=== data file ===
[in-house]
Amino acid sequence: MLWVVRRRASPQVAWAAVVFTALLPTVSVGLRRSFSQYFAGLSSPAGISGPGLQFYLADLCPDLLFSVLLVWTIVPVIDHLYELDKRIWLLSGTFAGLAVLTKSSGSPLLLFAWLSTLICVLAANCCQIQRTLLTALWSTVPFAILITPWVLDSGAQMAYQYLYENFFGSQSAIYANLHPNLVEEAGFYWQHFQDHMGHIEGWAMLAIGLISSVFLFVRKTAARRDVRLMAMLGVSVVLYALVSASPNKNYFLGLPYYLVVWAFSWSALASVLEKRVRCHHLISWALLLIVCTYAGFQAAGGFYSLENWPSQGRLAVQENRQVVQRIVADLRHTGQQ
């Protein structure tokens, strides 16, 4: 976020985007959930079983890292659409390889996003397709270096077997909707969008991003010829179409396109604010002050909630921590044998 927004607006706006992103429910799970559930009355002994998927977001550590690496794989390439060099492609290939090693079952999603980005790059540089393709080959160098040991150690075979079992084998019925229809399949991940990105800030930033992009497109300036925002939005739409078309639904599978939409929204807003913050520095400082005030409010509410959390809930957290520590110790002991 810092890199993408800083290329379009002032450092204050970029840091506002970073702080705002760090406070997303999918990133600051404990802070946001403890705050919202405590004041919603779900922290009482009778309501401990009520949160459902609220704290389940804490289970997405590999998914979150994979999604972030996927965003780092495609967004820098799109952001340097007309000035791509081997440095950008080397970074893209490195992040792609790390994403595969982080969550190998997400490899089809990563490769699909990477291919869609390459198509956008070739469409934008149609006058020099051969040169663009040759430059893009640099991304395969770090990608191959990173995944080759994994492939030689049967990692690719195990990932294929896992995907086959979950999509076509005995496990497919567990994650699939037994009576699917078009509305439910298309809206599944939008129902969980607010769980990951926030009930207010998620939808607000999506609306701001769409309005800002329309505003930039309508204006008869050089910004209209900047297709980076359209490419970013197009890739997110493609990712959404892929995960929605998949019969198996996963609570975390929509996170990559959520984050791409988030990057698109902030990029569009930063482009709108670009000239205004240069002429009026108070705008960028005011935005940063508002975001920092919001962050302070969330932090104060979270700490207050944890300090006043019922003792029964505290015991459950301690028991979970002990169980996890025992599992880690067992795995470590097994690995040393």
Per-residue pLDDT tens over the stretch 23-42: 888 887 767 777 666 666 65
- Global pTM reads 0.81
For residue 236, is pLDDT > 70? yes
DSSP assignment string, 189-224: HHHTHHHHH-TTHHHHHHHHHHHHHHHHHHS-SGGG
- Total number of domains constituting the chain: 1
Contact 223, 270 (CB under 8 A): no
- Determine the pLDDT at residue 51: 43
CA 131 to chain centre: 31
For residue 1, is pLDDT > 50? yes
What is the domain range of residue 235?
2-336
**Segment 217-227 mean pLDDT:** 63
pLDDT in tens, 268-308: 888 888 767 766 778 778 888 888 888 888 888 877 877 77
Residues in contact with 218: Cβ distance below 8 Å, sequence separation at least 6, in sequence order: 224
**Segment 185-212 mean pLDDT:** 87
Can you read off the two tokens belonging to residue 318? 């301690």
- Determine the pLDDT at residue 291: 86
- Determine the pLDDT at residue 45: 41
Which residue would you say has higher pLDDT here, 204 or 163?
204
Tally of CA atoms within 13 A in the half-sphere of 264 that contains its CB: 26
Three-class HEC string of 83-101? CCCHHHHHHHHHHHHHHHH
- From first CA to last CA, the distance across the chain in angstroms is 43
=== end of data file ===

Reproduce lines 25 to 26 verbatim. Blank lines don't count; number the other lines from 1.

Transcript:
Three-class HEC string of 83-101? CCCHHHHHHHHHHHHHHHH
- From first CA to last CA, the distance across the chain in angstroms is 43